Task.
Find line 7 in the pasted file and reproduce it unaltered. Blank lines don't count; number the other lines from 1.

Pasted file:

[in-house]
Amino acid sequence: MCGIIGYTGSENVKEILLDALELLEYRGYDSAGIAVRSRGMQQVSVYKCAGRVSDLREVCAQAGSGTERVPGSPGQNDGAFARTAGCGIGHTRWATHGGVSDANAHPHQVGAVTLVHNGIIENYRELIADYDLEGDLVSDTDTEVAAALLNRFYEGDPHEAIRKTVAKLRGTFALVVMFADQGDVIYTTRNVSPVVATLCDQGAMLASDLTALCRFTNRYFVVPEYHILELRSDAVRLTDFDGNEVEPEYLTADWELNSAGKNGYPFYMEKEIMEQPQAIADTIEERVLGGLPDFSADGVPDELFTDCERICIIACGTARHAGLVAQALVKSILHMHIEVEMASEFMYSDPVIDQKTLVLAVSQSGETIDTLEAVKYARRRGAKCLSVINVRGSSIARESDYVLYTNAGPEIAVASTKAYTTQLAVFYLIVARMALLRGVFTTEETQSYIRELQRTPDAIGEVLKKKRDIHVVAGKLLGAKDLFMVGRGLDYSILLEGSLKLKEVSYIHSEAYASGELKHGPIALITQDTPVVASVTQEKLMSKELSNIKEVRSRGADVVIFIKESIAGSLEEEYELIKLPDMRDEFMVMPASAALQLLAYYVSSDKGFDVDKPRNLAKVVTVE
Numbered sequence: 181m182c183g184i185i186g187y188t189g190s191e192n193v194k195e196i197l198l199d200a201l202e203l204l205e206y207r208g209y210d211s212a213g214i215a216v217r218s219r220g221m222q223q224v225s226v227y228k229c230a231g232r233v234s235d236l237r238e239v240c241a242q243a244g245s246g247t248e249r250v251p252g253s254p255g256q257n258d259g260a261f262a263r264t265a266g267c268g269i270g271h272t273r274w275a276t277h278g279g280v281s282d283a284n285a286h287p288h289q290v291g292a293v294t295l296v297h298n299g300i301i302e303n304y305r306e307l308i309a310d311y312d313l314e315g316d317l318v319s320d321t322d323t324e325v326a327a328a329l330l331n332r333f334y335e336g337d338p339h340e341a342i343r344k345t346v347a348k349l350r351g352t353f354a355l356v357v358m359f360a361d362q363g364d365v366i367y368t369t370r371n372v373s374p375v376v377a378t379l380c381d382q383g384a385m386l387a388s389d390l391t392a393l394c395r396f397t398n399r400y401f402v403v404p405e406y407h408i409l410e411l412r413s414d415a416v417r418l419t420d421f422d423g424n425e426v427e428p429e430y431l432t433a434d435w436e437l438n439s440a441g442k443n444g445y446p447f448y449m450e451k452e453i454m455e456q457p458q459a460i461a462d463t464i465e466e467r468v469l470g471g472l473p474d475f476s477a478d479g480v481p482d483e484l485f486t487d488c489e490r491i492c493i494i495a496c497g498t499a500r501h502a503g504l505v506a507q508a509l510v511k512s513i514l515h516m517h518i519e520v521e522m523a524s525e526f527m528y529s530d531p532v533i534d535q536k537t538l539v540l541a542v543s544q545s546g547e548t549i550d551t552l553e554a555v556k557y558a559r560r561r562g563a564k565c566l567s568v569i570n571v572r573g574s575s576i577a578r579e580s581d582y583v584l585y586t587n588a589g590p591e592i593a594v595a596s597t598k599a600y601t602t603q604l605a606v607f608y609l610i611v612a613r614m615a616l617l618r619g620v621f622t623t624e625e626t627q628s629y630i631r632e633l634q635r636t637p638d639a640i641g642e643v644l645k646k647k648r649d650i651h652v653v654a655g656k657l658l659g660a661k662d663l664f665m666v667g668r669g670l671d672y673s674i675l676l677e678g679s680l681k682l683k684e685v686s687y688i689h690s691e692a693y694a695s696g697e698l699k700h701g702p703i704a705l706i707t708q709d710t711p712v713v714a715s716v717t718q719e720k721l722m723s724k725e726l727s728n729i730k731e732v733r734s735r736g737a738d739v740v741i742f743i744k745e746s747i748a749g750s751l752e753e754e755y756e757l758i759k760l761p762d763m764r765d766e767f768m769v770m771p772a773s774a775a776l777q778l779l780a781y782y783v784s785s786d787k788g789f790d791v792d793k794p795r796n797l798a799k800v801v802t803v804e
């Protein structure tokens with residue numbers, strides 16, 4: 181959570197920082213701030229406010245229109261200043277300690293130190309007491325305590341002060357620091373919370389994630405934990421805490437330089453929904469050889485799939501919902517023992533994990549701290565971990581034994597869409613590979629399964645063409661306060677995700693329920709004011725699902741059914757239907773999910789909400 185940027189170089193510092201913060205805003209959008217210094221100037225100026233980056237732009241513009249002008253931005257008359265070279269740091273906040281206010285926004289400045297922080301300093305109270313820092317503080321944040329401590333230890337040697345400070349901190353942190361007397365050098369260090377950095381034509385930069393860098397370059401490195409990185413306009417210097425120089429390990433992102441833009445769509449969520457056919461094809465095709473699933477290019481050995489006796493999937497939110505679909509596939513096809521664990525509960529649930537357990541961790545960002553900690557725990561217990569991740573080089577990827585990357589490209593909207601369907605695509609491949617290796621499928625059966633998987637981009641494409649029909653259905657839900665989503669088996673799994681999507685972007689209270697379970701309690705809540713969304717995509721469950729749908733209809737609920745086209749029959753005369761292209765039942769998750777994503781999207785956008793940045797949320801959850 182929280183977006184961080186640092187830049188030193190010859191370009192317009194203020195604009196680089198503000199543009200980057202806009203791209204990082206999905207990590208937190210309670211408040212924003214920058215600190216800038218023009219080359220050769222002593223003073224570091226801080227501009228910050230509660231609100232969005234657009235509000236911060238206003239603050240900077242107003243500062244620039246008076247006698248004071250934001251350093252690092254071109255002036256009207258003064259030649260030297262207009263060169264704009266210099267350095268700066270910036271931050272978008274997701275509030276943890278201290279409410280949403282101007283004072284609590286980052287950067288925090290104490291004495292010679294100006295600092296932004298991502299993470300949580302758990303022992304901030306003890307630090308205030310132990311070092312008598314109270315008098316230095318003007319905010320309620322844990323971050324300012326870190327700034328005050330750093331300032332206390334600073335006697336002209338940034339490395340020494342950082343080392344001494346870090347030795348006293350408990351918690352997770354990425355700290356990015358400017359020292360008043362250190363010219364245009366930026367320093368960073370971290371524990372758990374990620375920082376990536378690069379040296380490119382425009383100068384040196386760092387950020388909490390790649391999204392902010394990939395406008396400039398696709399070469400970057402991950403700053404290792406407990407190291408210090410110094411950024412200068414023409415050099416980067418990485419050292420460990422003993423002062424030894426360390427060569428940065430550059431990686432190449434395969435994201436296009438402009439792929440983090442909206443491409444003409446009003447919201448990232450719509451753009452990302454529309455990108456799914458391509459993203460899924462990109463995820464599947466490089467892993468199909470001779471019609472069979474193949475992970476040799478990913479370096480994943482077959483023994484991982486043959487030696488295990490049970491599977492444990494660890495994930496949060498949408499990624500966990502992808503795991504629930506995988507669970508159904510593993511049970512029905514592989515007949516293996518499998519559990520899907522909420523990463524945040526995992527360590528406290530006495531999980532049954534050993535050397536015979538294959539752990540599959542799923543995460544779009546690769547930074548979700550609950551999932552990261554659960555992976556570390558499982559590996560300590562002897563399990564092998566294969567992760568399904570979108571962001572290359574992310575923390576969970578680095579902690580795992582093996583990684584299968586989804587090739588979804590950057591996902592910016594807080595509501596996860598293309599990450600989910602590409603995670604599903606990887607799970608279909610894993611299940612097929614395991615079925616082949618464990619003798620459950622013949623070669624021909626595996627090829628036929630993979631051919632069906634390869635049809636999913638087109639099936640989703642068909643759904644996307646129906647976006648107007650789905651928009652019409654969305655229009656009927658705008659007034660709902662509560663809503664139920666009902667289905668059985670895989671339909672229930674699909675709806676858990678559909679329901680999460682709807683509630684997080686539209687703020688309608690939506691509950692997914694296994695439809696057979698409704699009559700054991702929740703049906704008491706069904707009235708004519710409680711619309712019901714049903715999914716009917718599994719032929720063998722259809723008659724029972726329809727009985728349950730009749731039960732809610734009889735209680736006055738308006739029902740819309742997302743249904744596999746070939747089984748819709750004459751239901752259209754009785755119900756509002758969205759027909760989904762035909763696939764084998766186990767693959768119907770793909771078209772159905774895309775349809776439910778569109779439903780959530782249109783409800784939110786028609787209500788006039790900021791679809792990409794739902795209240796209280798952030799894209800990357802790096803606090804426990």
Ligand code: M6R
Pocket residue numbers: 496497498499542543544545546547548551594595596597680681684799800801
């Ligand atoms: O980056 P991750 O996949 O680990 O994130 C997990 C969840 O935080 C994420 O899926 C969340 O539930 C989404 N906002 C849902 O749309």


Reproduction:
């Ligand atoms: O980056 P991750 O996949 O680990 O994130 C997990 C969840 O935080 C994420 O899926 C969340 O539930 C989404 N906002 C849902 O749309």